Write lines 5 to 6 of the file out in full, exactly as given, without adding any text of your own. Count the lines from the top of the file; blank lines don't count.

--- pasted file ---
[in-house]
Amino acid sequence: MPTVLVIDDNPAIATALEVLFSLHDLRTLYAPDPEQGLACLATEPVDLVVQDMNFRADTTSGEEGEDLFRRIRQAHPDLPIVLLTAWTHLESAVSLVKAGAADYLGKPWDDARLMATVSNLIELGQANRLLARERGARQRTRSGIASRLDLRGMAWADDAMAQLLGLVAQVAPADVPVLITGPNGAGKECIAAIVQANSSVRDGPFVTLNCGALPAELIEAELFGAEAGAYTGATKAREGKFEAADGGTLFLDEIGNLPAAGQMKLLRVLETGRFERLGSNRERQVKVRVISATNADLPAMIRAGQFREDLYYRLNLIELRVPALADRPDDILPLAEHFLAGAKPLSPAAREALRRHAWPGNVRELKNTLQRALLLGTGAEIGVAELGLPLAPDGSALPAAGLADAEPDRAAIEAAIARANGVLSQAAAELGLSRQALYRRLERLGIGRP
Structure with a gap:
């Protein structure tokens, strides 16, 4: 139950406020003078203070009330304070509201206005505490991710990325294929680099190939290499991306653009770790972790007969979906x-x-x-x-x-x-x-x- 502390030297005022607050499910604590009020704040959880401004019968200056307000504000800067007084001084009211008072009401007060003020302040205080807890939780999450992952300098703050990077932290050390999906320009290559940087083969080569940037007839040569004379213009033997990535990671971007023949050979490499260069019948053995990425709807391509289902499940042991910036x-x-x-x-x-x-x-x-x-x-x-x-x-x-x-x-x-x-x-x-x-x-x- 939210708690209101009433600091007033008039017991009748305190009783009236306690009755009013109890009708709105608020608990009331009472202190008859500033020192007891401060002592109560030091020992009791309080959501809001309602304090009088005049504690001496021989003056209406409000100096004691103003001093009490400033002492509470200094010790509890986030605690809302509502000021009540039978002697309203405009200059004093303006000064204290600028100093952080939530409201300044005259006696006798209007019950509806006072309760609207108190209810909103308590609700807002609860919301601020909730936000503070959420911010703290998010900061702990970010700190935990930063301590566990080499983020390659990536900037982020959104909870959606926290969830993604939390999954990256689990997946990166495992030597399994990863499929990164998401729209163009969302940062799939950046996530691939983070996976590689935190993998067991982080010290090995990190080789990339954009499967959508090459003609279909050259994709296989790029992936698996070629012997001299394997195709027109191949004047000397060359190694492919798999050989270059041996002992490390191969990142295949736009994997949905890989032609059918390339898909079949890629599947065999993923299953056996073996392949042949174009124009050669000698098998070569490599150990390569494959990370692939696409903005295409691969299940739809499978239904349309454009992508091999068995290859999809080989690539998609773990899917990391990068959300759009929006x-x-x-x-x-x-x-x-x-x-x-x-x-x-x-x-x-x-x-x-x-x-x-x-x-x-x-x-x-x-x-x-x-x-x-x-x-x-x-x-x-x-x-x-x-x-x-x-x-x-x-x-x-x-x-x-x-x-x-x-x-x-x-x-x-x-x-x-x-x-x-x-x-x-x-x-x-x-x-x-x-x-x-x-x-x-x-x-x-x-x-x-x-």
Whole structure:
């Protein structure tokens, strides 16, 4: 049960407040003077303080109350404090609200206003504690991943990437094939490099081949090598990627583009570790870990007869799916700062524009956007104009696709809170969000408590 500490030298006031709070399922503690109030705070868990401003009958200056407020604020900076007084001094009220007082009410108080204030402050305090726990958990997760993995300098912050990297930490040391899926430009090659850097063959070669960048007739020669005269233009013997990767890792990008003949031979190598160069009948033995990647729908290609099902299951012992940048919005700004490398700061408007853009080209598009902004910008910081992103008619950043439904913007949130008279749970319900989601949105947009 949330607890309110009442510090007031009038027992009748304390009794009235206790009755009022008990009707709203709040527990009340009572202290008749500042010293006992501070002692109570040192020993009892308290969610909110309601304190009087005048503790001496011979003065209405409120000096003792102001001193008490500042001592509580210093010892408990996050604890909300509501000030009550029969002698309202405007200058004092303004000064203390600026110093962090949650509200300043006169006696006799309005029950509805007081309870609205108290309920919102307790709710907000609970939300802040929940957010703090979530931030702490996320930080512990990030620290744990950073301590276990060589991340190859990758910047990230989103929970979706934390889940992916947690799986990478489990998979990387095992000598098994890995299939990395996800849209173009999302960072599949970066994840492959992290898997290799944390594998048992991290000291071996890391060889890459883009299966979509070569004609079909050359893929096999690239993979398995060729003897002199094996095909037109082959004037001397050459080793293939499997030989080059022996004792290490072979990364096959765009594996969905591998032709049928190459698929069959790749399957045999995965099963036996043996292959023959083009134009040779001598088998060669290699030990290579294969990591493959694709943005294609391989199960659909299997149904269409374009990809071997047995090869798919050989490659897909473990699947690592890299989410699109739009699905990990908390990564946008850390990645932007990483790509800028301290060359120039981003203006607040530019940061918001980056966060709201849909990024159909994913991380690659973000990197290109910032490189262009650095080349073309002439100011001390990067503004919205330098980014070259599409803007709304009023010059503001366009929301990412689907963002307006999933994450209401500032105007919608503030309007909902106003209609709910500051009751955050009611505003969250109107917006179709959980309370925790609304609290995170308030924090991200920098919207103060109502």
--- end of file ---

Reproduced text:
Whole structure:
């Protein structure tokens, strides 16, 4: 049960407040003077303080109350404090609200206003504690991943990437094939490099081949090598990627583009570790870990007869799916700062524009956007104009696709809170969000408590 500490030298006031709070399922503690109030705070868990401003009958200056407020604020900076007084001094009220007082009410108080204030402050305090726990958990997760993995300098912050990297930490040391899926430009090659850097063959070669960048007739020669005269233009013997990767890792990008003949031979190598160069009948033995990647729908290609099902299951012992940048919005700004490398700061408007853009080209598009902004910008910081992103008619950043439904913007949130008279749970319900989601949105947009 949330607890309110009442510090007031009038027992009748304390009794009235206790009755009022008990009707709203709040527990009340009572202290008749500042010293006992501070002692109570040192020993009892308290969610909110309601304190009087005048503790001496011979003065209405409120000096003792102001001193008490500042001592509580210093010892408990996050604890909300509501000030009550029969002698309202405007200058004092303004000064203390600026110093962090949650509200300043006169006696006799309005029950509805007081309870609205108290309920919102307790709710907000609970939300802040929940957010703090979530931030702490996320930080512990990030620290744990950073301590276990060589991340190859990758910047990230989103929970979706934390889940992916947690799986990478489990998979990387095992000598098994890995299939990395996800849209173009999302960072599949970066994840492959992290898997290799944390594998048992991290000291071996890391060889890459883009299966979509070569004609079909050359893929096999690239993979398995060729003897002199094996095909037109082959004037001397050459080793293939499997030989080059022996004792290490072979990364096959765009594996969905591998032709049928190459698929069959790749399957045999995965099963036996043996292959023959083009134009040779001598088998060669290699030990290579294969990591493959694709943005294609391989199960659909299997149904269409374009990809071997047995090869798919050989490659897909473990699947690592890299989410699109739009699905990990908390990564946008850390990645932007990483790509800028301290060359120039981003203006607040530019940061918001980056966060709201849909990024159909994913991380690659973000990197290109910032490189262009650095080349073309002439100011001390990067503004919205330098980014070259599409803007709304009023010059503001366009929301990412689907963002307006999933994450209401500032105007919608503030309007909902106003209609709910500051009751955050009611505003969250109107917006179709959980309370925790609304609290995170308030924090991200920098919207103060109502």